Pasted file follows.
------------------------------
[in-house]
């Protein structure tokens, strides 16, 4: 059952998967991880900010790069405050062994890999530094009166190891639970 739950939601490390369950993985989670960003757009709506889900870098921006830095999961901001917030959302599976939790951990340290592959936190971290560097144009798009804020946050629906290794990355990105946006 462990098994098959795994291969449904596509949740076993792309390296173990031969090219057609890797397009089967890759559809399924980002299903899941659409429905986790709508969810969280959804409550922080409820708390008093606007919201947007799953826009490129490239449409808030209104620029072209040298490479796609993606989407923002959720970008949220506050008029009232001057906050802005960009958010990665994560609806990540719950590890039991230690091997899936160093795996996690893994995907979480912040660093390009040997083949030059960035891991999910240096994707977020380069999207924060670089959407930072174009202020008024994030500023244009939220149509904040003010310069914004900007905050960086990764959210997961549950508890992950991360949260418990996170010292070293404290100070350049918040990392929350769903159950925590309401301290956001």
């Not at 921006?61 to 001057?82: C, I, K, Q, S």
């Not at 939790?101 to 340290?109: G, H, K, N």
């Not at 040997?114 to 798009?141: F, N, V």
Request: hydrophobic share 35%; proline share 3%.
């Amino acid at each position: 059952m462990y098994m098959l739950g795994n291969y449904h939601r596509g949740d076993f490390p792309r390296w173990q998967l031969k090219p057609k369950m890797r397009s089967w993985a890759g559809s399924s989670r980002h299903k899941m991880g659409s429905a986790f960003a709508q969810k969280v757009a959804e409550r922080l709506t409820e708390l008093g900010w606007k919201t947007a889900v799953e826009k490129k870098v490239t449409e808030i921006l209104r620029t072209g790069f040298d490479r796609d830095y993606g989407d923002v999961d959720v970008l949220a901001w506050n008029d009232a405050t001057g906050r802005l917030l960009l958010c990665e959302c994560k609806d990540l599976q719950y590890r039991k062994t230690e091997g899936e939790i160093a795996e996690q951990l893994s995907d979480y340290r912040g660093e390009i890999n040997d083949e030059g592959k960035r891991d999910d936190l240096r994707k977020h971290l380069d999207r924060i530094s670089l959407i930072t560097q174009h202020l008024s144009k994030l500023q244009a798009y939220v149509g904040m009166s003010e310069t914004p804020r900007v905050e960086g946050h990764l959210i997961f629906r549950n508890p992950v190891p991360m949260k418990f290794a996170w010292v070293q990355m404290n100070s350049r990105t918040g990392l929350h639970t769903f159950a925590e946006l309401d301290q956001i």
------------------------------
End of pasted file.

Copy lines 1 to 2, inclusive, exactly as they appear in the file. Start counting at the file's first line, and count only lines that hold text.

[in-house]
């Protein structure tokens, strides 16, 4: 059952998967991880900010790069405050062994890999530094009166190891639970 739950939601490390369950993985989670960003757009709506889900870098921006830095999961901001917030959302599976939790951990340290592959936190971290560097144009798009804020946050629906290794990355990105946006 462990098994098959795994291969449904596509949740076993792309390296173990031969090219057609890797397009089967890759559809399924980002299903899941659409429905986790709508969810969280959804409550922080409820708390008093606007919201947007799953826009490129490239449409808030209104620029072209040298490479796609993606989407923002959720970008949220506050008029009232001057906050802005960009958010990665994560609806990540719950590890039991230690091997899936160093795996996690893994995907979480912040660093390009040997083949030059960035891991999910240096994707977020380069999207924060670089959407930072174009202020008024994030500023244009939220149509904040003010310069914004900007905050960086990764959210997961549950508890992950991360949260418990996170010292070293404290100070350049918040990392929350769903159950925590309401301290956001």